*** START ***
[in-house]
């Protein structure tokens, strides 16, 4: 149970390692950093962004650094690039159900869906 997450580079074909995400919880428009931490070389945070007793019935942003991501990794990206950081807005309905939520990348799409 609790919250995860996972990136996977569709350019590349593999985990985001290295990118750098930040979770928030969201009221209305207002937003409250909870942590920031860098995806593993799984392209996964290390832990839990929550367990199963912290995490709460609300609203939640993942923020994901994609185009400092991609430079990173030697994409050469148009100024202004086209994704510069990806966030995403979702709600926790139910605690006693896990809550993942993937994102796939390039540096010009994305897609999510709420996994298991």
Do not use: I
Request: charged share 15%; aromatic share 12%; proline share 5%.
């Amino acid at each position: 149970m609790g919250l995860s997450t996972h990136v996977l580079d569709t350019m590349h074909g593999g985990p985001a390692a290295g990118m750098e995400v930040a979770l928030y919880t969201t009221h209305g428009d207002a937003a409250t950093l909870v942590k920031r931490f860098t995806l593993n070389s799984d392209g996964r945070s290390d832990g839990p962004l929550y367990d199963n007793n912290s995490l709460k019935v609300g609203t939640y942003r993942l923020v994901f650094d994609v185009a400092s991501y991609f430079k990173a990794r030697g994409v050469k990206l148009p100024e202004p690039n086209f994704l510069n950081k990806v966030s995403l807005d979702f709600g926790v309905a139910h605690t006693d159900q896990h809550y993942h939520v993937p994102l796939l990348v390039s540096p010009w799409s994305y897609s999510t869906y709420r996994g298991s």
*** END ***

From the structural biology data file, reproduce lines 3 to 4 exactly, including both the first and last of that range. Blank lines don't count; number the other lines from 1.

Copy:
Do not use: I
Request: charged share 15%; aromatic share 12%; proline share 5%.